Our View: Honda’s charitable giving program benefits region
May 09, 2013 | 3855 views |  0 comments | 66 66 recommendations | email to a friend | print
It would be difficult to overestimate the economic impact of Honda Manufacturing of Alabama on our region since the company arrived here in 2001. With an estimated investment of facilities of $2 billion and about 4,000 jobs, not to mention suppliers that have located in the area, Honda is making a tremendous difference.

The company continues to grow and produce vehicles that earn high marks from industry and consumer publications, and just last week production began on the Acura MDX, joining the product line of Ridgeline pickups, Odyssey vans, Pilot SUVs and V-6 engines produced at the Lincoln factory.

Somewhat lesser known are the company’s charitable giving programs, which focus primarily on the five counties where most of the company’s employees reside — Talladega, St. Clair, Calhoun, Etowah and Jefferson.

In the past month, we’ve reported on two special gifts from the company to local non-profit organizations. The Marianna Greene Henry Arena and the Presbyterian Home for Children both were presented Honda Ridgeline pickups, gifts that will benefit their missions for years to come.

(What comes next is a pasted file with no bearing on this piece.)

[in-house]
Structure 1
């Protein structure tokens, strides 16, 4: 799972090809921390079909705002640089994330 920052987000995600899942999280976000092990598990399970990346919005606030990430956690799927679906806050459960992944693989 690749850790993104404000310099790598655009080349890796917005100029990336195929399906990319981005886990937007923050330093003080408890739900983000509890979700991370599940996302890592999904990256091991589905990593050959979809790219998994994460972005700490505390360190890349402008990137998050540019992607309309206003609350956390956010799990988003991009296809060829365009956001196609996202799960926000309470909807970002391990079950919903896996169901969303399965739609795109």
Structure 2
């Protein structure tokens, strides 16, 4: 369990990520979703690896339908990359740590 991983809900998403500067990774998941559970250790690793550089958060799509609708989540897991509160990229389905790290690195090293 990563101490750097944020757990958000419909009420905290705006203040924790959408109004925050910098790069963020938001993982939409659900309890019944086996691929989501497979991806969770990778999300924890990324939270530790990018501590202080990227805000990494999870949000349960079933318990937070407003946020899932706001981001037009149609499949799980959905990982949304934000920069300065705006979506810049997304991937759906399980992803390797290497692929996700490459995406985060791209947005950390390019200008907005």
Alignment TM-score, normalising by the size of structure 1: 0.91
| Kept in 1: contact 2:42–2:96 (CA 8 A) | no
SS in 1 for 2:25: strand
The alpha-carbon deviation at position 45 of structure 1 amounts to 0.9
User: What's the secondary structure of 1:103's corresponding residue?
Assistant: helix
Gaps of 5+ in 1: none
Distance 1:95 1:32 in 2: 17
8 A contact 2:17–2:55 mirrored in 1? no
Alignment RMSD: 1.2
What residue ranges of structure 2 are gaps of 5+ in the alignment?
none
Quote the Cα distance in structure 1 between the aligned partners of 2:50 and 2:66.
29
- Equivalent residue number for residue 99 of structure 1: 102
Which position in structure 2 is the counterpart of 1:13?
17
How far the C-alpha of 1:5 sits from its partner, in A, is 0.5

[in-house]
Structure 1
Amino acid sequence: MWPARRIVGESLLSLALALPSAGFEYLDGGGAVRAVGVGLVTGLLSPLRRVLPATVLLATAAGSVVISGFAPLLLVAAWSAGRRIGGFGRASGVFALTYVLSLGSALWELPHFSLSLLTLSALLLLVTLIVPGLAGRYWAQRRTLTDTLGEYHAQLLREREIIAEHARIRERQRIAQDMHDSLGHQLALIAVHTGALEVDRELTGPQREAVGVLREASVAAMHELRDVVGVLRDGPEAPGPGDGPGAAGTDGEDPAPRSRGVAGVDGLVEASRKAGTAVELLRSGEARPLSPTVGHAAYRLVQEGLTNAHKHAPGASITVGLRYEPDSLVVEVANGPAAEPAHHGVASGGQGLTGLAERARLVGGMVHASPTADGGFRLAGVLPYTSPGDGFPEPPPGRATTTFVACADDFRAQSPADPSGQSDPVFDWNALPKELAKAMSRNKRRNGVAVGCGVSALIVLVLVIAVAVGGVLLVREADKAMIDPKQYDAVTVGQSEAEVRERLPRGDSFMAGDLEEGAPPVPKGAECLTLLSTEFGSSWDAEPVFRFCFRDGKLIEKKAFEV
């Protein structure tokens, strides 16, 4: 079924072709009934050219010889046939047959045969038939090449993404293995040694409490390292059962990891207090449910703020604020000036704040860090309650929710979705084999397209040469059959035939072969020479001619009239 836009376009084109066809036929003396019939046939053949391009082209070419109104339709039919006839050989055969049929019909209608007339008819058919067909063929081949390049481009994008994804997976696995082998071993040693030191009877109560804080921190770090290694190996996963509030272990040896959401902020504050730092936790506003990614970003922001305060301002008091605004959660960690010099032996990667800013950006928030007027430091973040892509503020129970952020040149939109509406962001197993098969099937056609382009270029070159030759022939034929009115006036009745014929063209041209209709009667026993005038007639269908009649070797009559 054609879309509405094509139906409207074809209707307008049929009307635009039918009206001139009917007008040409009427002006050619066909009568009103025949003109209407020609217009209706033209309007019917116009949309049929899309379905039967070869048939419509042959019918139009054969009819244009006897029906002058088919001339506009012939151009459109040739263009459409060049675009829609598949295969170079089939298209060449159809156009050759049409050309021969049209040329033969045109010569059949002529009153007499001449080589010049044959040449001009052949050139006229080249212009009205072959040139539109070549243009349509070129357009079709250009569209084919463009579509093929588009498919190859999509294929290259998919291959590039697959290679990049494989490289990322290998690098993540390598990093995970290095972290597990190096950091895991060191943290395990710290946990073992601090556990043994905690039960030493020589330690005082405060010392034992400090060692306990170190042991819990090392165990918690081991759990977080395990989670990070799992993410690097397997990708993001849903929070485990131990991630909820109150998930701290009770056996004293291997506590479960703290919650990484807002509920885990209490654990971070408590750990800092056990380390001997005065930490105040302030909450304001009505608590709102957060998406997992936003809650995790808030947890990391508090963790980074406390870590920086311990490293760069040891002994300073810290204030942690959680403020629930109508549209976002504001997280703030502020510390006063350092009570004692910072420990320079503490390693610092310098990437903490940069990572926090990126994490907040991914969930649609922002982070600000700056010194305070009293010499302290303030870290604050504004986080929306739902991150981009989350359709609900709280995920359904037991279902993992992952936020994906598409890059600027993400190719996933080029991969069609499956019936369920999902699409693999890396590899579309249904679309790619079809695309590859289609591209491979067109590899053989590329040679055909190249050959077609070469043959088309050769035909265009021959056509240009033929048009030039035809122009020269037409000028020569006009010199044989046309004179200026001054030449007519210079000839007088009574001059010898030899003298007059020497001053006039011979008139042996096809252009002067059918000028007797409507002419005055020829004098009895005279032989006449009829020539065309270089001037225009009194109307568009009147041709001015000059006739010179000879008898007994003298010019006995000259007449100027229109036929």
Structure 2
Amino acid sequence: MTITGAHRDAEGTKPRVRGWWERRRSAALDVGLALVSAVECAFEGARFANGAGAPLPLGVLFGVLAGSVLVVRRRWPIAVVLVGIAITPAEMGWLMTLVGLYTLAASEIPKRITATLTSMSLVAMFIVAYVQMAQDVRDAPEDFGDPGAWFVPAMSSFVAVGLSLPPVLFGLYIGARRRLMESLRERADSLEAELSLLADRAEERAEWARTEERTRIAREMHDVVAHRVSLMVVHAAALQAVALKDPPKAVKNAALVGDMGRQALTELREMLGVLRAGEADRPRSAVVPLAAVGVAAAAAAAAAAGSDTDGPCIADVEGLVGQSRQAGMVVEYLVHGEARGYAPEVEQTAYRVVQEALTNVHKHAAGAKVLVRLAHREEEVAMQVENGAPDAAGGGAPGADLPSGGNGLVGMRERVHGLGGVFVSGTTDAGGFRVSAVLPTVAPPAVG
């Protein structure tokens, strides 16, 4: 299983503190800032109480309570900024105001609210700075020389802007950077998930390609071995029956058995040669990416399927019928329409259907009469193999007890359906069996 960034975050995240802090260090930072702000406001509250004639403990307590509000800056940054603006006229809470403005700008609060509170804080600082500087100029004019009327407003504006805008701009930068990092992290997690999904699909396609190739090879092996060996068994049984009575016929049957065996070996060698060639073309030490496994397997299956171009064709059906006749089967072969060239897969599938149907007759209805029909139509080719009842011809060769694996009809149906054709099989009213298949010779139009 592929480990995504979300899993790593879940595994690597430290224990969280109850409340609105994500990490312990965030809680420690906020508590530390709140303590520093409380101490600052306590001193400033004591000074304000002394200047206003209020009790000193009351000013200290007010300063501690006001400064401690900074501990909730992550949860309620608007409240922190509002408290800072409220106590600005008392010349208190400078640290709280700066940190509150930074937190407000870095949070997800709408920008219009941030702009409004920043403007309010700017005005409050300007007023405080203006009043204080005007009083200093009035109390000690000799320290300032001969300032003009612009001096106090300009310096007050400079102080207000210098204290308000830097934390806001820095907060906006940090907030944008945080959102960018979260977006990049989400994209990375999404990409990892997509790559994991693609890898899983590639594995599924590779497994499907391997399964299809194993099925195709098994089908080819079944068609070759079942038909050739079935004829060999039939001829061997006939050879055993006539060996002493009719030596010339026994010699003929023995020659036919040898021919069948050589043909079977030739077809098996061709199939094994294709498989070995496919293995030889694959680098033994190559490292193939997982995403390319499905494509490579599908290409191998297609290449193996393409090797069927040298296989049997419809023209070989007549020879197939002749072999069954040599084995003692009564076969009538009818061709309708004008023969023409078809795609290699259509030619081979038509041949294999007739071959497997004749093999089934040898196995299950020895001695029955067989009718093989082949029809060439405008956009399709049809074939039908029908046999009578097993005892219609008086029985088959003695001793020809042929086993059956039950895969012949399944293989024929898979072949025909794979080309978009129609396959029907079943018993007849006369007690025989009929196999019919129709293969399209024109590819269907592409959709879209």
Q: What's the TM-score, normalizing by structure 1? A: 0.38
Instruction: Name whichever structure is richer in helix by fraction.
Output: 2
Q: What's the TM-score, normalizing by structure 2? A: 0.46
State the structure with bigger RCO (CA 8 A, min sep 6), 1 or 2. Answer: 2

Honda Manufacturing of Alabama has made more than $6 million in donations to area charities and organizations since its inception. Annual giving usually includes a couple of vehicles. This year there are a total of eight going to various non-profit agencies.

A committee of Honda managers and associates help make the decisions on gifts and grant requests in monthly meetings.

Employees who volunteer their time working for non-profit organizations can also earn contributions from Honda through summer volunteer programs and the HondaStar program.

Whether it’s through charitable giving or through volunteer involvement, employees have a voice in directing contributions in different directions to help benefit charities throughout the region.

The Marianna Greene Henry facility, in partnership with the Alabama Institute for Deaf and Blind, offers hippotherapy to special needs children through its Special Equestrians Program. The experience of riding on the back of a horse may seem like a special treat to the kids, but it is also a form of exercise and a method for helping them improve balance, muscle tone and body control in a multitude of ways.

The Presbyterian Home for Children was originally established as an orphanage after the Civil War, and today provides a wider range of services for children and their families through residential care, Hope Academy, and its Family Bridges program, an outreach focused on helping families work through difficult times to stay together safely.

Honda’s donations of Ridgeline pickups will help both organizations with their transportation needs as they work to meet important needs of those they serve.

We’re grateful for Honda’s presence here and for the company’s commitment to improving the quality of life throughout the region.